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HUNGER PAINS

Food paste to the rescue: Plain rice the only meal a day for malnourished kids in Eastern Cape

Families line up for food parcels in Rietbron, a town in the Sarah Baartman District in the Eastern Cape. (Photo: Donna van der Watt)

A quarter of South Africans were affected by serious food insecurity in 2020. But this groundnut-based supplement could be life-changing.

The number of people who struggled to get enough food in the country more than doubled between 2019 and 2020, with 14% of the population now estimated to suffer from severe food insecurity, Statistics South Africa announced on 31 March.

Officially, the Ministry of Health has only released national severe acute malnutrition numbers for children under five for March 2020 when 479 children were admitted for moderate to severe malnutrition and 991 for severe acute malnutrition, and for April 2020 when corresponding numbers were 272 and 596.

At the time, then health minister Zweli Mkhize warned that the hard lockdown might have influenced these numbers as the shift to focus on Covid-19 did not allow for active case finding of children at risk of severe acute malnutrition. He also warned that caregivers of children may have lacked access to transport to the facilities and that the department’s data collectors were not on duty.

Two years later, current Health Minister Joe Phaahla said they were still gathering statistics from the provinces.

On 31 March, Stats SA released devastating numbers on food security in South Africa: the number of people with a severe shortage of food had doubled from 2019 estimates when the percentage of the population struggling with severe food insecurity was 7% (about four million people). Stats SA noted that almost a quarter (23.6%) of South Africans were affected by moderate to severe food insecurity in 2020, and 14.9% experienced severe food insecurity.

Read in Daily Maverick: Hunger warning – severe acute malnutrition stalks the land.

The Eastern Cape had the lowest proportion of households with an employed household member (52.7%). According to Stats SA, almost half of female-headed households did not have an employed person living in the household in 2020 and, since the lockdown, income from salaries as a source of income had declined.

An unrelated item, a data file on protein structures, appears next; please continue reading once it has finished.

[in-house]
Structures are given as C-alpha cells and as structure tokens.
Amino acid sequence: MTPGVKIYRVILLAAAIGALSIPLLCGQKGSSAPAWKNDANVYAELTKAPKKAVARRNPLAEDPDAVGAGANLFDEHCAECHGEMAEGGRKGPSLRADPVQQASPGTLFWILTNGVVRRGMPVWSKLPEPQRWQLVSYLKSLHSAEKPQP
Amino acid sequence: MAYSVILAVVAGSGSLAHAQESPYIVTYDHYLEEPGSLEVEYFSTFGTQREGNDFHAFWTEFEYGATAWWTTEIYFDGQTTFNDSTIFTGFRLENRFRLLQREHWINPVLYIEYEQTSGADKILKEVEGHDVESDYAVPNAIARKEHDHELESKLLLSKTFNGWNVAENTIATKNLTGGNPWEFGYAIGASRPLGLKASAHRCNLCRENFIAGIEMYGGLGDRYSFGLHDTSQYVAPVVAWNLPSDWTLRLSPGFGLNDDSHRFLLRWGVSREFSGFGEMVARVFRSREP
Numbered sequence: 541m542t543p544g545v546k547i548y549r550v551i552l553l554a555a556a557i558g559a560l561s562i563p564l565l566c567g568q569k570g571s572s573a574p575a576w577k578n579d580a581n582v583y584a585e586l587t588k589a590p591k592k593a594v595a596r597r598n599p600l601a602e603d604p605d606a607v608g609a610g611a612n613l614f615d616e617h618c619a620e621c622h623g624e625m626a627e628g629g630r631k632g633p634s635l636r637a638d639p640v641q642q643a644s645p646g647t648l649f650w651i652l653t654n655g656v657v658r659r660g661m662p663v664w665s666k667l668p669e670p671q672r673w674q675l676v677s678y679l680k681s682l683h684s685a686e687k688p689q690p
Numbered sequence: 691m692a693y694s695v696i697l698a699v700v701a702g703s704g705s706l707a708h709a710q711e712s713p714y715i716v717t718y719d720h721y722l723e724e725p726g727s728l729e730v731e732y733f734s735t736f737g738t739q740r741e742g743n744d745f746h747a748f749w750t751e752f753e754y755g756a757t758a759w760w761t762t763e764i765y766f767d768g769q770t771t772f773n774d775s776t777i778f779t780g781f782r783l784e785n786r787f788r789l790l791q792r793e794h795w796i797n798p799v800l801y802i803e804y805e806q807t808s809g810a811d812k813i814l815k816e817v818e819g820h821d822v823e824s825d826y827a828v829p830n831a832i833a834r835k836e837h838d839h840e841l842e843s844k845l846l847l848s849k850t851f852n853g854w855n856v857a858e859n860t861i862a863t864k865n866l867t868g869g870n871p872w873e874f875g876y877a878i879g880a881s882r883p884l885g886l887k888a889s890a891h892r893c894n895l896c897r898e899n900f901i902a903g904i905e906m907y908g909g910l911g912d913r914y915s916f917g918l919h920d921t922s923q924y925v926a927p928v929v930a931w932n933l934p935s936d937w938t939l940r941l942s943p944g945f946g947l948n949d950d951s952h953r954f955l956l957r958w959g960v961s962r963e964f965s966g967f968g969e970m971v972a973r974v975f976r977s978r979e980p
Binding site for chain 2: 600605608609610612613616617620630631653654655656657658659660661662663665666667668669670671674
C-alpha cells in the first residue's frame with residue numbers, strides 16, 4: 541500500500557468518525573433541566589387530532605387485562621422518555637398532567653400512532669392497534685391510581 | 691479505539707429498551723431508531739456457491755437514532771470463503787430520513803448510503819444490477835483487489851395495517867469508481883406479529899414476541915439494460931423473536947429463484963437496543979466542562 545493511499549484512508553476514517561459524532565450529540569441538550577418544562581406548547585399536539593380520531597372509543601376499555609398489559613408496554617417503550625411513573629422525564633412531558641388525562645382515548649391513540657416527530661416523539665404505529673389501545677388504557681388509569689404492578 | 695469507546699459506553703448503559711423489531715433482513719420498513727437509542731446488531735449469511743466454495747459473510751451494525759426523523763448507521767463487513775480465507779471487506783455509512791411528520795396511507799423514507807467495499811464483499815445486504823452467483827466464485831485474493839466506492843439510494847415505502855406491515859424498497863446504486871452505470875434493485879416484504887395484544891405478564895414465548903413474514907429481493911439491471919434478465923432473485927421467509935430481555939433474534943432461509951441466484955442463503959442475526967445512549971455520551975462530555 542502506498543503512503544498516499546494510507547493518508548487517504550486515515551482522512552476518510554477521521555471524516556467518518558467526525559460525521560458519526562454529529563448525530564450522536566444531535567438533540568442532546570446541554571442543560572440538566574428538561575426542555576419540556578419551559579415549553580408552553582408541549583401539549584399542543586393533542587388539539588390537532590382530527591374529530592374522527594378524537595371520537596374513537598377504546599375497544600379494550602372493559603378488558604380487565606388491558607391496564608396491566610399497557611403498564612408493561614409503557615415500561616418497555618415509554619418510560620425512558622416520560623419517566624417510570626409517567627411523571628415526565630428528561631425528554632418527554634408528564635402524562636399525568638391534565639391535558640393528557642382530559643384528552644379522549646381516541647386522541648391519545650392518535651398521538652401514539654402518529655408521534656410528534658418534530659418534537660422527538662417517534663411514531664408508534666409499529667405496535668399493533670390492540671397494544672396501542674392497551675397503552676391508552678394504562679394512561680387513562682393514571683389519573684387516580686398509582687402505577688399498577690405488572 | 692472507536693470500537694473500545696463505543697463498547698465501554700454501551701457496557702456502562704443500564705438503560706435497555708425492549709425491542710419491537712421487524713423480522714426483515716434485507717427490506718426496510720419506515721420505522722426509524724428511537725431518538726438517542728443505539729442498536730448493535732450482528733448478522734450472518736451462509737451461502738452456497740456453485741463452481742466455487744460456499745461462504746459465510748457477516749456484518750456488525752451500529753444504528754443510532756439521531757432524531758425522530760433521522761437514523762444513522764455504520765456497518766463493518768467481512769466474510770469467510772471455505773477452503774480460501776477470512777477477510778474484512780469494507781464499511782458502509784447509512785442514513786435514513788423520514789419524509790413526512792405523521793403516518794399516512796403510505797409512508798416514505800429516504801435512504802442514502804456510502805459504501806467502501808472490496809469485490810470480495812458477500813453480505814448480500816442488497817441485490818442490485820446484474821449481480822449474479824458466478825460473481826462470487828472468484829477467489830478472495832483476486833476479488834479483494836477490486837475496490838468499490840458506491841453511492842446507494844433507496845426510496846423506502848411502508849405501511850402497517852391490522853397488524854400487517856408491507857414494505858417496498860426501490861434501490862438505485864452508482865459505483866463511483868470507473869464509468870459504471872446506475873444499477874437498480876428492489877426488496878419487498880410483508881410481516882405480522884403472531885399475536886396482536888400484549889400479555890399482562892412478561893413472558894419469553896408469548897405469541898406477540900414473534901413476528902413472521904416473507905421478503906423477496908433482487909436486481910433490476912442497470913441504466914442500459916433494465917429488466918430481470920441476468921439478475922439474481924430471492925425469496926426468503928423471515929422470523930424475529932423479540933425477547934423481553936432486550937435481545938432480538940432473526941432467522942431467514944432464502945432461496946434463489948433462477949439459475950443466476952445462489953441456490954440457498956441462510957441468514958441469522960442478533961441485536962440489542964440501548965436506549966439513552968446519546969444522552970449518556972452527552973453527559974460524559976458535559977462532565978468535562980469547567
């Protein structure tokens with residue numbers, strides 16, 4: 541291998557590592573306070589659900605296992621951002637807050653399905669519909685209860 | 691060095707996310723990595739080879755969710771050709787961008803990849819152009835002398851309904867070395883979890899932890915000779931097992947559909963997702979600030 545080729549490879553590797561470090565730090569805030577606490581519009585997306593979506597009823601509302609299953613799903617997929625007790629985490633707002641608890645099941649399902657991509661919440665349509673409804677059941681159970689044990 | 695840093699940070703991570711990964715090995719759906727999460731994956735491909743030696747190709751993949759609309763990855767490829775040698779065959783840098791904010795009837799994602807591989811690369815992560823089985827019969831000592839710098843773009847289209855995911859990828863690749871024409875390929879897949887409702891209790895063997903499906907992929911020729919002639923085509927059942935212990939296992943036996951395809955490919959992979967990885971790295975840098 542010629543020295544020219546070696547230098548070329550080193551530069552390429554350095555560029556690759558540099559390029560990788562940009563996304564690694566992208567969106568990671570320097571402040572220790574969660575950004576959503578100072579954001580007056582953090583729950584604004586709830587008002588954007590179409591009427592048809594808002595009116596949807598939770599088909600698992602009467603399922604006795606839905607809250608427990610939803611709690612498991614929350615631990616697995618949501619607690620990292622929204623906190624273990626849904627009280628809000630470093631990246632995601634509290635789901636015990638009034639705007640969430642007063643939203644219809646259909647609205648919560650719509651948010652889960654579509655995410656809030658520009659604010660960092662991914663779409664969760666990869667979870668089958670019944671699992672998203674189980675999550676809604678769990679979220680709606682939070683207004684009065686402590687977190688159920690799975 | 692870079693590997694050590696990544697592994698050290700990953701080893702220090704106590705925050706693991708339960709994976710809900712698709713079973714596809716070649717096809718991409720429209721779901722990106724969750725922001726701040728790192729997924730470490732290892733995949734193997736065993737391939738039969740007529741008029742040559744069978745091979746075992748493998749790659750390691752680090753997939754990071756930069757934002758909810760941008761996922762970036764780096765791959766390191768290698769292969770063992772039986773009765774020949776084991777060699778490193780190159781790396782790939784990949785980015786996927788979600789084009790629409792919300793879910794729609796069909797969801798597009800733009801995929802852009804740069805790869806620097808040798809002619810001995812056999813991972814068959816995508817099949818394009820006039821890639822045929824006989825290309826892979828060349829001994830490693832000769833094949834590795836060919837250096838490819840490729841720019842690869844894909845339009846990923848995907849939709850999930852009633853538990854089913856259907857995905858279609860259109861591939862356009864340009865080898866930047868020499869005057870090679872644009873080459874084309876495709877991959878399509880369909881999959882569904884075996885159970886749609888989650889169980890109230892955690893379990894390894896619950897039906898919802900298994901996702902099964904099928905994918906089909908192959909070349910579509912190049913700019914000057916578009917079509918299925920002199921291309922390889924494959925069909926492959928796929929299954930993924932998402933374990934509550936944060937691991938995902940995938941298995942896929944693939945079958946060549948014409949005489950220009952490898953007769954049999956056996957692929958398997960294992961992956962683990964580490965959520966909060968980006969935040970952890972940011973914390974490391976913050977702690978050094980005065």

The study also found that in the past four years fewer than 20% of South African households produced their own food.

South Africa’s recent trajectory of low economic growth and increasing unemployment was also identified as a significant hurdle in reducing food insecurity.

In 2020, provinces with the highest proportion of households that did not have an employed person living in them were Limpopo (47.8%) and the Eastern Cape (47.3%).

In the past 15 months, 14 children below the age of five starved to death in Nelson Mandela Bay and 216 new cases of severe acute malnutrition were confirmed in the Eastern Cape’s biggest metro, where more than 16,000 families were left without food aid because of a bureaucratic bungle by the provincial department of social development – the department has blamed a “slow contractor”.

In Butterworth, another seven children died between January and February 2022. An additional 188 children received inpatient treatment at Nelson Mandela Bay metro hospitals for severe acute malnutrition and, in February, 11 children were admitted to hospital with severe acute malnutrition.

In the Sarah Baartman District in the Eastern Cape, which includes large parts of the Karoo and some of the province’s poorest communities, such as Klipplaat and Rietbron, 150 children have been diagnosed with severe acute malnutrition since 2021. Thirteen have died and 122 have had to receive inpatient treatment.